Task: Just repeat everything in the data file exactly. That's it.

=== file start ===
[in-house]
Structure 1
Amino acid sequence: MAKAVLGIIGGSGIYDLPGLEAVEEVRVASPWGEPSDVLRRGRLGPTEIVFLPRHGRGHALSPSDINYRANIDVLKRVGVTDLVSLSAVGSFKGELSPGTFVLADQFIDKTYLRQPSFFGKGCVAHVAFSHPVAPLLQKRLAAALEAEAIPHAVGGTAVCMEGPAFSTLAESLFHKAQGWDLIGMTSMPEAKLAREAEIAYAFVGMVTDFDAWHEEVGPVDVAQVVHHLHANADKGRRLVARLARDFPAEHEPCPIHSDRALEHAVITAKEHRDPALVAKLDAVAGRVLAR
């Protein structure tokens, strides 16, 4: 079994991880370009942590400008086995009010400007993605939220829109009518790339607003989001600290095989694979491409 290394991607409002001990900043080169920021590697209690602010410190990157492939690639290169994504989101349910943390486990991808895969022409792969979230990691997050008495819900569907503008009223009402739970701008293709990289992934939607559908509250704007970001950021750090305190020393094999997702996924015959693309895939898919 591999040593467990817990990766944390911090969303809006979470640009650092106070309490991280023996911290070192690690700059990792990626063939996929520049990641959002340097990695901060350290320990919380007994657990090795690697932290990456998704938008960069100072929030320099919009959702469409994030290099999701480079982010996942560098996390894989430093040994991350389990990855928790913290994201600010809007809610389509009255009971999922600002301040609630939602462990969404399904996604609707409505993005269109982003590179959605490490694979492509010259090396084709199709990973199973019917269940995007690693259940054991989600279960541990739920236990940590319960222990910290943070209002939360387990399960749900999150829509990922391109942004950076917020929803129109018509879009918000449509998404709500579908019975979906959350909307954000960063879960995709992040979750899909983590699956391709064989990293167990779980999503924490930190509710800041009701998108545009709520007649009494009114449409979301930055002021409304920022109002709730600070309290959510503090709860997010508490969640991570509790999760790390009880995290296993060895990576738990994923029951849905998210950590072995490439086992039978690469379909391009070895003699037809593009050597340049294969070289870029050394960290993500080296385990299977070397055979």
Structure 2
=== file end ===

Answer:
[in-house]
Structure 1
Amino acid sequence: MAKAVLGIIGGSGIYDLPGLEAVEEVRVASPWGEPSDVLRRGRLGPTEIVFLPRHGRGHALSPSDINYRANIDVLKRVGVTDLVSLSAVGSFKGELSPGTFVLADQFIDKTYLRQPSFFGKGCVAHVAFSHPVAPLLQKRLAAALEAEAIPHAVGGTAVCMEGPAFSTLAESLFHKAQGWDLIGMTSMPEAKLAREAEIAYAFVGMVTDFDAWHEEVGPVDVAQVVHHLHANADKGRRLVARLARDFPAEHEPCPIHSDRALEHAVITAKEHRDPALVAKLDAVAGRVLAR
């Protein structure tokens, strides 16, 4: 079994991880370009942590400008086995009010400007993605939220829109009518790339607003989001600290095989694979491409 290394991607409002001990900043080169920021590697209690602010410190990157492939690639290169994504989101349910943390486990991808895969022409792969979230990691997050008495819900569907503008009223009402739970701008293709990289992934939607559908509250704007970001950021750090305190020393094999997702996924015959693309895939898919 591999040593467990817990990766944390911090969303809006979470640009650092106070309490991280023996911290070192690690700059990792990626063939996929520049990641959002340097990695901060350290320990919380007994657990090795690697932290990456998704938008960069100072929030320099919009959702469409994030290099999701480079982010996942560098996390894989430093040994991350389990990855928790913290994201600010809007809610389509009255009971999922600002301040609630939602462990969404399904996604609707409505993005269109982003590179959605490490694979492509010259090396084709199709990973199973019917269940995007690693259940054991989600279960541990739920236990940590319960222990910290943070209002939360387990399960749900999150829509990922391109942004950076917020929803129109018509879009918000449509998404709500579908019975979906959350909307954000960063879960995709992040979750899909983590699956391709064989990293167990779980999503924490930190509710800041009701998108545009709520007649009494009114449409979301930055002021409304920022109002709730600070309290959510503090709860997010508490969640991570509790999760790390009880995290296993060895990576738990994923029951849905998210950590072995490439086992039978690469379909391009070895003699037809593009050597340049294969070289870029050394960290993500080296385990299977070397055979």
Structure 2